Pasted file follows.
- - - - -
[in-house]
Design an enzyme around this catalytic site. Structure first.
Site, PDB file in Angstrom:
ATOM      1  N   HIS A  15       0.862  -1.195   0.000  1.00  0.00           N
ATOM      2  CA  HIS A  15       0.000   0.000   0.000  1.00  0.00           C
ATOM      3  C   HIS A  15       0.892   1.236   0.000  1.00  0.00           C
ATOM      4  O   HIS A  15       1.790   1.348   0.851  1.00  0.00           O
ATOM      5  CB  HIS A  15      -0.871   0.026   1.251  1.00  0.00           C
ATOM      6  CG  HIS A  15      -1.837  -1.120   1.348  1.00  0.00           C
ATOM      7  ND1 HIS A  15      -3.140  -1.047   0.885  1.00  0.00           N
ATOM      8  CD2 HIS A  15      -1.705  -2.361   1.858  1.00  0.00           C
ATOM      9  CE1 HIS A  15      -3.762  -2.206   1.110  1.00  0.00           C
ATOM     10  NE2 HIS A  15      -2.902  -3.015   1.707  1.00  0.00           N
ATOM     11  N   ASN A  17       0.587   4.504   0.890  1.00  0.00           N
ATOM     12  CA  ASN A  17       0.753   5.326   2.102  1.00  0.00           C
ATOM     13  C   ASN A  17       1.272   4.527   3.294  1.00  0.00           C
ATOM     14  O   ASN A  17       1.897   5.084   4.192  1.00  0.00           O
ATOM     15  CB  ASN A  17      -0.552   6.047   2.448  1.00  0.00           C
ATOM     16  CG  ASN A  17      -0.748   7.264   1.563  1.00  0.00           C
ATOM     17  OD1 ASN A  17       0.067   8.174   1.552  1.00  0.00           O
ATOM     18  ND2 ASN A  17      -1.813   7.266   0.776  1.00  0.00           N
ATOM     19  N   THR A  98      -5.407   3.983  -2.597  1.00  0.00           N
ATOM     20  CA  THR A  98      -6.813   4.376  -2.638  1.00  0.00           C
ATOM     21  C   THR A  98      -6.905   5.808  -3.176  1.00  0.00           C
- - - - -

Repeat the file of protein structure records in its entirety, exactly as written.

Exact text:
[in-house]
Design an enzyme around this catalytic site. Structure first.
Site, PDB file in Angstrom:
ATOM      1  N   HIS A  15       0.862  -1.195   0.000  1.00  0.00           N
ATOM      2  CA  HIS A  15       0.000   0.000   0.000  1.00  0.00           C
ATOM      3  C   HIS A  15       0.892   1.236   0.000  1.00  0.00           C
ATOM      4  O   HIS A  15       1.790   1.348   0.851  1.00  0.00           O
ATOM      5  CB  HIS A  15      -0.871   0.026   1.251  1.00  0.00           C
ATOM      6  CG  HIS A  15      -1.837  -1.120   1.348  1.00  0.00           C
ATOM      7  ND1 HIS A  15      -3.140  -1.047   0.885  1.00  0.00           N
ATOM      8  CD2 HIS A  15      -1.705  -2.361   1.858  1.00  0.00           C
ATOM      9  CE1 HIS A  15      -3.762  -2.206   1.110  1.00  0.00           C
ATOM     10  NE2 HIS A  15      -2.902  -3.015   1.707  1.00  0.00           N
ATOM     11  N   ASN A  17       0.587   4.504   0.890  1.00  0.00           N
ATOM     12  CA  ASN A  17       0.753   5.326   2.102  1.00  0.00           C
ATOM     13  C   ASN A  17       1.272   4.527   3.294  1.00  0.00           C
ATOM     14  O   ASN A  17       1.897   5.084   4.192  1.00  0.00           O
ATOM     15  CB  ASN A  17      -0.552   6.047   2.448  1.00  0.00           C
ATOM     16  CG  ASN A  17      -0.748   7.264   1.563  1.00  0.00           C
ATOM     17  OD1 ASN A  17       0.067   8.174   1.552  1.00  0.00           O
ATOM     18  ND2 ASN A  17      -1.813   7.266   0.776  1.00  0.00           N
ATOM     19  N   THR A  98      -5.407   3.983  -2.597  1.00  0.00           N
ATOM     20  CA  THR A  98      -6.813   4.376  -2.638  1.00  0.00           C
ATOM     21  C   THR A  98      -6.905   5.808  -3.176  1.00  0.00           C